A newly introduced bill would help former inmates start businesses in the District of Columbia.
The bill introduced by D.C. Council member Vincent Orange Jan. 28 would help returning citizens build the skills necessary to start and operate their own businesses.
The Incarceration to Incorporation Entrepreneurship Program (IIEP) would provide a number of services to returning citizens, such as a fast-track GED program, business training, business-themed educational workshops and seminars, and scholarships and/or grants for business classes at the University of the District of Columbia and the UDC Community College.
A $10 million fund would be created for the IIEP to implement and promote it. The Department of Employment Services and the Department of Small and Local Business Development would set up the program.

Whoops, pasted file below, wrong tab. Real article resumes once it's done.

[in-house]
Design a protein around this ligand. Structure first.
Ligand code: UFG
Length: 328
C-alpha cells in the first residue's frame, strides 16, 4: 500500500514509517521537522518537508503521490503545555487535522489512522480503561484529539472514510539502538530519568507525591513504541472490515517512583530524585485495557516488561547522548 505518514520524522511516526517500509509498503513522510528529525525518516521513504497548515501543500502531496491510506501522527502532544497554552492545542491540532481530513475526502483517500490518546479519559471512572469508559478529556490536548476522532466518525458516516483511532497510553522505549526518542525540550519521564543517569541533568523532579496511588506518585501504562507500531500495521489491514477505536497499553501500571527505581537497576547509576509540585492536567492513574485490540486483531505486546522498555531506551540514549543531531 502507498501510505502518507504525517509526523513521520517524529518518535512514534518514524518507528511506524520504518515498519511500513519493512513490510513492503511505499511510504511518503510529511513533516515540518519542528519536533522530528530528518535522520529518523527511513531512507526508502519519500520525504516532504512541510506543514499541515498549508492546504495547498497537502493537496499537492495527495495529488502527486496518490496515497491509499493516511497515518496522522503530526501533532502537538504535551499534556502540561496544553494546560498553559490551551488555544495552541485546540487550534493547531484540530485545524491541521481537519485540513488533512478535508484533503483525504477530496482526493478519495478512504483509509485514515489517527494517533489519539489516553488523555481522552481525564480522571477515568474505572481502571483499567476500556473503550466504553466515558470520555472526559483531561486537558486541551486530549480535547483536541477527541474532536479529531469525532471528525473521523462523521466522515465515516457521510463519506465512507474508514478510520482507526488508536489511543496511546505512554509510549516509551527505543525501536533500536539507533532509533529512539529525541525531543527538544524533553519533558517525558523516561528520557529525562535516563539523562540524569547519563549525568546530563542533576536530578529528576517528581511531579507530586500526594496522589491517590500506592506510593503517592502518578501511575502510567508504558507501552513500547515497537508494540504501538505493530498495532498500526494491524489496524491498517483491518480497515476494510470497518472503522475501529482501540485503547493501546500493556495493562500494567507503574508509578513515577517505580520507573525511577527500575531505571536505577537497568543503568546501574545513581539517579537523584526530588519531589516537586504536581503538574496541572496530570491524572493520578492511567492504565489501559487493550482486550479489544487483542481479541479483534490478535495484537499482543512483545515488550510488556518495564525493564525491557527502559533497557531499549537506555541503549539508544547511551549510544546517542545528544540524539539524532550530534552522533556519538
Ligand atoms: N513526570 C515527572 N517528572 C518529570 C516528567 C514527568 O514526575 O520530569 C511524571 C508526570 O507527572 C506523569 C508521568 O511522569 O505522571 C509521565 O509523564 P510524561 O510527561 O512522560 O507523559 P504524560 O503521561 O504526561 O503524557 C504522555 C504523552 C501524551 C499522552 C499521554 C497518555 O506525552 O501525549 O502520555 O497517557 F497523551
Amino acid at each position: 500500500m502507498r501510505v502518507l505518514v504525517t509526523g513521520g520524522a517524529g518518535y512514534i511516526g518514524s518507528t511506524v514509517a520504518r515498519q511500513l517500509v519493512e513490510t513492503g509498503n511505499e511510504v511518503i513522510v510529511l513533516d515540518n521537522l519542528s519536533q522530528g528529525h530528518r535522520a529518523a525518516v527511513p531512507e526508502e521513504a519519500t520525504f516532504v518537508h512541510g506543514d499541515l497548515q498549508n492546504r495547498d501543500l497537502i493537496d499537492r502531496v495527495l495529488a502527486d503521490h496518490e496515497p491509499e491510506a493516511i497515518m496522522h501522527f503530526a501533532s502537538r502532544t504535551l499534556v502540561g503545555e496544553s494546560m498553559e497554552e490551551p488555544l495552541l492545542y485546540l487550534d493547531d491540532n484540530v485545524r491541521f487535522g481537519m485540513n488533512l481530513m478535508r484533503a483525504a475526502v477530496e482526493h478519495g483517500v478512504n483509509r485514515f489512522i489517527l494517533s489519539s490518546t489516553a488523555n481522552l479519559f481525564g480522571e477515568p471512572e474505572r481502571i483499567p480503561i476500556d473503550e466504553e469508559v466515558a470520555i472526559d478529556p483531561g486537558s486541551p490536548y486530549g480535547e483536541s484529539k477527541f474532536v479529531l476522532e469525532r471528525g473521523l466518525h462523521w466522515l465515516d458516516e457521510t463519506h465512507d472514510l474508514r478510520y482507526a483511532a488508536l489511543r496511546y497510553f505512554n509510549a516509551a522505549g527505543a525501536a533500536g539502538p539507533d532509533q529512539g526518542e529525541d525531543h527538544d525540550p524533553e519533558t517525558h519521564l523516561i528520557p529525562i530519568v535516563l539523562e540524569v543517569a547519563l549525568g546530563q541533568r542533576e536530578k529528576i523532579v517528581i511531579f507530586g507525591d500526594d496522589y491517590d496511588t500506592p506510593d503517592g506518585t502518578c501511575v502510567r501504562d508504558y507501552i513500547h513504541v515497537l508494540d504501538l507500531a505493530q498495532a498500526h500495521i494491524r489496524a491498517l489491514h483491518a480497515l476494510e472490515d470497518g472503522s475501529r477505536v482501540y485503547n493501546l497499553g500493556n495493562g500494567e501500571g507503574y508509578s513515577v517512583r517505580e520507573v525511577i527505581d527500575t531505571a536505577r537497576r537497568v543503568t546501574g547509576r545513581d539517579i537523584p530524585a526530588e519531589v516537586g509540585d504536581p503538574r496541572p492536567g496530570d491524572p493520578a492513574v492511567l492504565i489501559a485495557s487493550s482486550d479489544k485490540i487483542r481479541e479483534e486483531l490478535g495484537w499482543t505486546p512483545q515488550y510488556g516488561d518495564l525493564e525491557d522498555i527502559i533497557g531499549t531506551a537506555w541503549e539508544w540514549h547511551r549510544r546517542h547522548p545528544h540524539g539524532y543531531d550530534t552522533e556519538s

Ward 7 Council member Yvette Alexander thinks "it is a great idea" and will help returning citizens find jobs. She said she "would even expand it in to learning trade skills" to further help returning inmates find work.
According to the Institute for Policy Studies, approximately 60,000 D.C. residents, 10 percent of the District’s population, has a criminal record. While the District does provide services, such as the Mayor’s Office of Returning Citizen Affairs, to help returning citizens find jobs and go through reentry, many still face difficulty in finding work due to skeptical employers and stigmatized employees. IEPP can help these citizen reenter by giving them the opportunity to create their own jobs.
Alexander agrees that it's hard for former inmatest to find work.
"Even though we've done a lot to make it easier like banning the box ... there's definitely still a barrier," she said.